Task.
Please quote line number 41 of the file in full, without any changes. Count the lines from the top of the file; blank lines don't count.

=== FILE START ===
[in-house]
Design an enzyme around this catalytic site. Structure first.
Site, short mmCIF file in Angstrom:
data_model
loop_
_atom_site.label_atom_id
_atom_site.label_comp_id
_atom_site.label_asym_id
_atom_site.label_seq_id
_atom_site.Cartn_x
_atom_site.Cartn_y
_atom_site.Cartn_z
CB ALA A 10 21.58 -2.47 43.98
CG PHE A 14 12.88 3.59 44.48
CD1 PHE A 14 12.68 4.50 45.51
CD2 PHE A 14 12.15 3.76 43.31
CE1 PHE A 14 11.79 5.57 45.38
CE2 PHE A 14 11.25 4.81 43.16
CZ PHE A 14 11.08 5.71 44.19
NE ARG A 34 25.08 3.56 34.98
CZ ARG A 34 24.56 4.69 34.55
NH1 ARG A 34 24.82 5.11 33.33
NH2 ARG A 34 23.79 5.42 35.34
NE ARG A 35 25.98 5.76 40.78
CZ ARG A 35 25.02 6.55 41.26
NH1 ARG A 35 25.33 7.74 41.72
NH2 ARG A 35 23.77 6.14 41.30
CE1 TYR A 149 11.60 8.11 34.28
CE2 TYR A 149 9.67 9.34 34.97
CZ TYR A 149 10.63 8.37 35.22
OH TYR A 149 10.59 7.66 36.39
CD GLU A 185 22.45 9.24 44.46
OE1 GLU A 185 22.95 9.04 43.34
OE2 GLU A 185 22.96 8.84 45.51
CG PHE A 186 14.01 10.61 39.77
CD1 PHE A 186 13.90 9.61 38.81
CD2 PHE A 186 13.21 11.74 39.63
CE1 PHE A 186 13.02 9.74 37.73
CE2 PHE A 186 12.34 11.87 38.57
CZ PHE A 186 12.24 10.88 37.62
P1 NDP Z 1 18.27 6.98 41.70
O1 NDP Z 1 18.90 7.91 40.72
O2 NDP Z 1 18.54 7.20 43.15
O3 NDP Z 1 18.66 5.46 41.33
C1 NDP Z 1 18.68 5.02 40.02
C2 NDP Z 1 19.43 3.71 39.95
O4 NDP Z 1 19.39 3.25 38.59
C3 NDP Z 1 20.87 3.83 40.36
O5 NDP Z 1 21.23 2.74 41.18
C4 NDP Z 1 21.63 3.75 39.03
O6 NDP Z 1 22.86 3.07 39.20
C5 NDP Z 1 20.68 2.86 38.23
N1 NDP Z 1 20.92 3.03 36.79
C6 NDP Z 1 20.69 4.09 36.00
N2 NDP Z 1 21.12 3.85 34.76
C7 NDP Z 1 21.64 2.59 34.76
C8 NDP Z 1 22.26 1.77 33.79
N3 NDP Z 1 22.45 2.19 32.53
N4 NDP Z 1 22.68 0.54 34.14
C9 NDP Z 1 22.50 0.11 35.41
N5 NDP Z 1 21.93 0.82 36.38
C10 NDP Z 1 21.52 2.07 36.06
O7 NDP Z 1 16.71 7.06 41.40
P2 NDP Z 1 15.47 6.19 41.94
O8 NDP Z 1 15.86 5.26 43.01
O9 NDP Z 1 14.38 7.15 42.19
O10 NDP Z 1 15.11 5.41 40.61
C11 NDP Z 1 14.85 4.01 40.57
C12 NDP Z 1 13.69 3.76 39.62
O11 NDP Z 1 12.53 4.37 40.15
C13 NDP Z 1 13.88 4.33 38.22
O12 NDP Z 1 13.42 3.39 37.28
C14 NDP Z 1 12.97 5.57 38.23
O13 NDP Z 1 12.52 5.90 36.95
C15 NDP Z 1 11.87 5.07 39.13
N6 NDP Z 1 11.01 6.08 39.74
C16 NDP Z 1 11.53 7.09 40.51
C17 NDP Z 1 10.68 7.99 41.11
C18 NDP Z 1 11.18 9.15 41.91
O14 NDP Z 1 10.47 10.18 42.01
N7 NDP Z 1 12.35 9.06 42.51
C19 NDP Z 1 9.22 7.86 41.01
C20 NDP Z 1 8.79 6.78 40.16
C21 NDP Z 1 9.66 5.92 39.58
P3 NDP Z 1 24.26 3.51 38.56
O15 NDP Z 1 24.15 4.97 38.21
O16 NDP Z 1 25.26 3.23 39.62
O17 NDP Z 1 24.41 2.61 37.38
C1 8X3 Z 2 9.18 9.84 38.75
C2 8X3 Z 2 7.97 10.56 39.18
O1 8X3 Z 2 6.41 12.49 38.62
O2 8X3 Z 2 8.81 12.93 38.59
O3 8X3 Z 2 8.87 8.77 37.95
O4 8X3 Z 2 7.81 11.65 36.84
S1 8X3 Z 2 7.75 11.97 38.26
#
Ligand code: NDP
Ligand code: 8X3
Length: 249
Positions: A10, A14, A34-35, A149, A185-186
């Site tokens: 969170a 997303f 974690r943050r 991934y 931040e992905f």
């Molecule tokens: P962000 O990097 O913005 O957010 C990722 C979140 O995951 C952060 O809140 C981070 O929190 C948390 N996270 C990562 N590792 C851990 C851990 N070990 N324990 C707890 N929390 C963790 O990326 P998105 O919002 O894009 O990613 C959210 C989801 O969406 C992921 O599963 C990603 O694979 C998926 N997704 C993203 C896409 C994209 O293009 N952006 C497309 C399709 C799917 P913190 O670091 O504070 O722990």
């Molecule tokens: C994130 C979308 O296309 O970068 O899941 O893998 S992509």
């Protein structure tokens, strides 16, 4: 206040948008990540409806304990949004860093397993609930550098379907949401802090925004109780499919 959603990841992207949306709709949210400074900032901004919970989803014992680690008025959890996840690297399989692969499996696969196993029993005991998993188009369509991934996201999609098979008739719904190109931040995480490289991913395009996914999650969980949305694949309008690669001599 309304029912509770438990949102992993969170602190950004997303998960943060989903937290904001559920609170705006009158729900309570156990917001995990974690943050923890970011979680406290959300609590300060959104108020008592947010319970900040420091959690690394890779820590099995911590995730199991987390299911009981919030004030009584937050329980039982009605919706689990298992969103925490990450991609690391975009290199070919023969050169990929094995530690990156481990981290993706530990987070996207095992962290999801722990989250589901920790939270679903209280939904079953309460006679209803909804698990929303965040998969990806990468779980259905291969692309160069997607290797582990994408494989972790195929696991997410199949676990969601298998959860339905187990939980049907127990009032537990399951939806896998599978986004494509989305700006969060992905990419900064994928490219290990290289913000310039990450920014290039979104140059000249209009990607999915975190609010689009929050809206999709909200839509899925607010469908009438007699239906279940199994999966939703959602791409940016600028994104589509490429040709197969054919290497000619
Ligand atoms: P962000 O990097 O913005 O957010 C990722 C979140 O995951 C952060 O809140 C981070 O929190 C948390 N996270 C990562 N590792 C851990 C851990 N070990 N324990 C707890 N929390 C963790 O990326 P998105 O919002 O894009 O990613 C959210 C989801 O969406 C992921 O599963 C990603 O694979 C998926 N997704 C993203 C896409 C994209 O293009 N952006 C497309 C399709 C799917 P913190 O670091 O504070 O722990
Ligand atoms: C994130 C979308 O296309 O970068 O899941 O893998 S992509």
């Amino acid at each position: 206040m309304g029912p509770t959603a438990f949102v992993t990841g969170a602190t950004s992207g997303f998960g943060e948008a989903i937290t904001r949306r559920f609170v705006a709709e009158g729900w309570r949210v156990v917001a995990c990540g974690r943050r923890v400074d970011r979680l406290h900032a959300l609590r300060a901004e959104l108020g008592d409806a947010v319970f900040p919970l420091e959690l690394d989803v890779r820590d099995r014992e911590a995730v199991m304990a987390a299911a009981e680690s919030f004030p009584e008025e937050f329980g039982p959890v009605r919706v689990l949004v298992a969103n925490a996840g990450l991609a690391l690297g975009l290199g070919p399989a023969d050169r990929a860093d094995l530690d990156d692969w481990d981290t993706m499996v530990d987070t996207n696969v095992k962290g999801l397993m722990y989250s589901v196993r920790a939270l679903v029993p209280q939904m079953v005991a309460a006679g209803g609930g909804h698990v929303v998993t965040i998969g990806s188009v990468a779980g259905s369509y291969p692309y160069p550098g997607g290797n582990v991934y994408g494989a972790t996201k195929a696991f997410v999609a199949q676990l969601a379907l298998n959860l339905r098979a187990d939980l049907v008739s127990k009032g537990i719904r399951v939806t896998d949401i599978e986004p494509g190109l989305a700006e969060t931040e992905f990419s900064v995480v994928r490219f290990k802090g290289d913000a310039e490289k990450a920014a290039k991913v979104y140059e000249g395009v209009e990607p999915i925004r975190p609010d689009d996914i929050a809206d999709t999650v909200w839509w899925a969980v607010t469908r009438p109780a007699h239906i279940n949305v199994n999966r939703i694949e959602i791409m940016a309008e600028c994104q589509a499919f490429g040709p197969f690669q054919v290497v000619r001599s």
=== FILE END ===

P1 NDP Z 1 18.27 6.98 41.70